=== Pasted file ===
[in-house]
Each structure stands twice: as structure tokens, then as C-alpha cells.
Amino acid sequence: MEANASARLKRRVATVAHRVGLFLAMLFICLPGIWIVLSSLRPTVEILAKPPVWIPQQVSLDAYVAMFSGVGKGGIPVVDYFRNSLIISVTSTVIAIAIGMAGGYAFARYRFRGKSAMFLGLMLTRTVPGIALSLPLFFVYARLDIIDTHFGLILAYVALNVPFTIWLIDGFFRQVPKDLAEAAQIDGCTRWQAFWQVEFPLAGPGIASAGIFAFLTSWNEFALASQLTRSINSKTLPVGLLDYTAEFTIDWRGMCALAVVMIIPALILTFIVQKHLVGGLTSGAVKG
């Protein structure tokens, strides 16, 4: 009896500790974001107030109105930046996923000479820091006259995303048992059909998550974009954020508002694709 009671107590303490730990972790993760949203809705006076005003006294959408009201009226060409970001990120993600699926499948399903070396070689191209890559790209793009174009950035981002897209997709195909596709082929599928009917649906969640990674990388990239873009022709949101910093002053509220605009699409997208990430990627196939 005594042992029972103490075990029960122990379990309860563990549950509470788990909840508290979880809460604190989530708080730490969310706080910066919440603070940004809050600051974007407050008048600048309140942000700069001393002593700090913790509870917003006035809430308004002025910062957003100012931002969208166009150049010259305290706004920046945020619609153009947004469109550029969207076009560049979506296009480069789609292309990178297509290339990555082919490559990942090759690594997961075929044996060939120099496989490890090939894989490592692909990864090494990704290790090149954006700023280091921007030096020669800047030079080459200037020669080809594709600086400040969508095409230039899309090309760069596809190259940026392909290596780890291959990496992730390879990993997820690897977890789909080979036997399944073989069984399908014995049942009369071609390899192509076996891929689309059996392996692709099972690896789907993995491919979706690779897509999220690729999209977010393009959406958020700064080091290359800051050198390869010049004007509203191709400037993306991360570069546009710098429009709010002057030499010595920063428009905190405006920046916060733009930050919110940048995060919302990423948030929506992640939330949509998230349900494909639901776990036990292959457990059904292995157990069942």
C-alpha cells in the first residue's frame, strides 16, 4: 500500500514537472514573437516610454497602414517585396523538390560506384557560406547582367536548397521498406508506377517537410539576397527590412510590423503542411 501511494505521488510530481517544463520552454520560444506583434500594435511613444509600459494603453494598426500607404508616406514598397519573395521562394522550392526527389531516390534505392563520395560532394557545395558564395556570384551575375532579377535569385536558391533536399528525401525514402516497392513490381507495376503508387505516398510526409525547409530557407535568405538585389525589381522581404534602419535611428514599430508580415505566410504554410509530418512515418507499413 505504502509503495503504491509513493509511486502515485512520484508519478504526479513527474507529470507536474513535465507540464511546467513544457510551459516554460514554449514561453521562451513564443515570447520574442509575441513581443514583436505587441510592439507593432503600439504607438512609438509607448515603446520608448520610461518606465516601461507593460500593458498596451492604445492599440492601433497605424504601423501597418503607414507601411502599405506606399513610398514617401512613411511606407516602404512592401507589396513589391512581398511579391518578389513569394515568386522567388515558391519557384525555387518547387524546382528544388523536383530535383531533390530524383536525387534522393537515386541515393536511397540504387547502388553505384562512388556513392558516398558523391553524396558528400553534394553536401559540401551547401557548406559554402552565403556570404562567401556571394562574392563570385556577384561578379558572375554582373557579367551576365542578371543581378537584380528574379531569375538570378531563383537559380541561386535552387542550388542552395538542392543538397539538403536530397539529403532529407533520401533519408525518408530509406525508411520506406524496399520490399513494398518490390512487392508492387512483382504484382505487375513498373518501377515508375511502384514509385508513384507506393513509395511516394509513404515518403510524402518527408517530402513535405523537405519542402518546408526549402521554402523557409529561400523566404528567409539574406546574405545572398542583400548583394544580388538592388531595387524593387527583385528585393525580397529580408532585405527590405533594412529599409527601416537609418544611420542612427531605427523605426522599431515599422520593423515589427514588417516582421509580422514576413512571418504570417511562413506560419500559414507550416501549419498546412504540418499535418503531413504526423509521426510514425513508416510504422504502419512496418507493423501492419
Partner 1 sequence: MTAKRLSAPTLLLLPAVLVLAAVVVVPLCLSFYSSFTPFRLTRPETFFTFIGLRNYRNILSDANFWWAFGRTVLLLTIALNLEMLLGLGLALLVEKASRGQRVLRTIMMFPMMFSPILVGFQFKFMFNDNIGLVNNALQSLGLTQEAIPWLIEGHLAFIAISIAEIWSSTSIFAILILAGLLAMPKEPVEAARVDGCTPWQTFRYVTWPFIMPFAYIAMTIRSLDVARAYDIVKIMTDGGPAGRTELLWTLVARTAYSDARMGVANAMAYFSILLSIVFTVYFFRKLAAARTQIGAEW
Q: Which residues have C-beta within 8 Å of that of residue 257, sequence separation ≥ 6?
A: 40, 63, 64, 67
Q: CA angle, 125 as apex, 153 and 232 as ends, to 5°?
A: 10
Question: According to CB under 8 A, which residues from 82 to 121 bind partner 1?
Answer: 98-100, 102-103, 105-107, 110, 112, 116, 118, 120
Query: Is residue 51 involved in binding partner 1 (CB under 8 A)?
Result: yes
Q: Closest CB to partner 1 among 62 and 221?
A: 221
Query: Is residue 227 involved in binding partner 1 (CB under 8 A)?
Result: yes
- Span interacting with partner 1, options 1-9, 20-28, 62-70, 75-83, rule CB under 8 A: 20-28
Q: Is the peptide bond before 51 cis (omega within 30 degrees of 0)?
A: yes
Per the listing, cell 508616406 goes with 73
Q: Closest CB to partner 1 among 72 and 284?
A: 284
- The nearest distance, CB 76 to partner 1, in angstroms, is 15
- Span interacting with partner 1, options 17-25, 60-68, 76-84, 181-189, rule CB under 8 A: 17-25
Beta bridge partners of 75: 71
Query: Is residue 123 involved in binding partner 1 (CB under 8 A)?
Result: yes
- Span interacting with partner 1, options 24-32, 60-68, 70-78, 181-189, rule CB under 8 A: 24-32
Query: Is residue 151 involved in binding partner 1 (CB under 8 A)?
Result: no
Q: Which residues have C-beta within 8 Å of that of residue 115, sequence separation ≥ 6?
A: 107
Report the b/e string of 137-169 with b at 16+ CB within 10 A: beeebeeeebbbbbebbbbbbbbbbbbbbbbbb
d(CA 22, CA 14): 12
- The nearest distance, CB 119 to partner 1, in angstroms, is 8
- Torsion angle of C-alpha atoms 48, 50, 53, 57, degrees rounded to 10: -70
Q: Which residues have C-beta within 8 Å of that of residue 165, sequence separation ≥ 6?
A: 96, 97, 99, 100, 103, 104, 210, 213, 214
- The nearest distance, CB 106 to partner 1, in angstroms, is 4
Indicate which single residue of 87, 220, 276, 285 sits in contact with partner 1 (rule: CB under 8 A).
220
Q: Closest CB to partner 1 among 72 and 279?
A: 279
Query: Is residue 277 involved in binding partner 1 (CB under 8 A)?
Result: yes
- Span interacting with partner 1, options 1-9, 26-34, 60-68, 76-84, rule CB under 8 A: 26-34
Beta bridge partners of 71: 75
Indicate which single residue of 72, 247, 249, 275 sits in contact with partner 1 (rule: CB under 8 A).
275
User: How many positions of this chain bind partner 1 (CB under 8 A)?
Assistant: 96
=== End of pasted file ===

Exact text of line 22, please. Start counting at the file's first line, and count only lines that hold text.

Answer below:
Per the listing, cell 508616406 goes with 73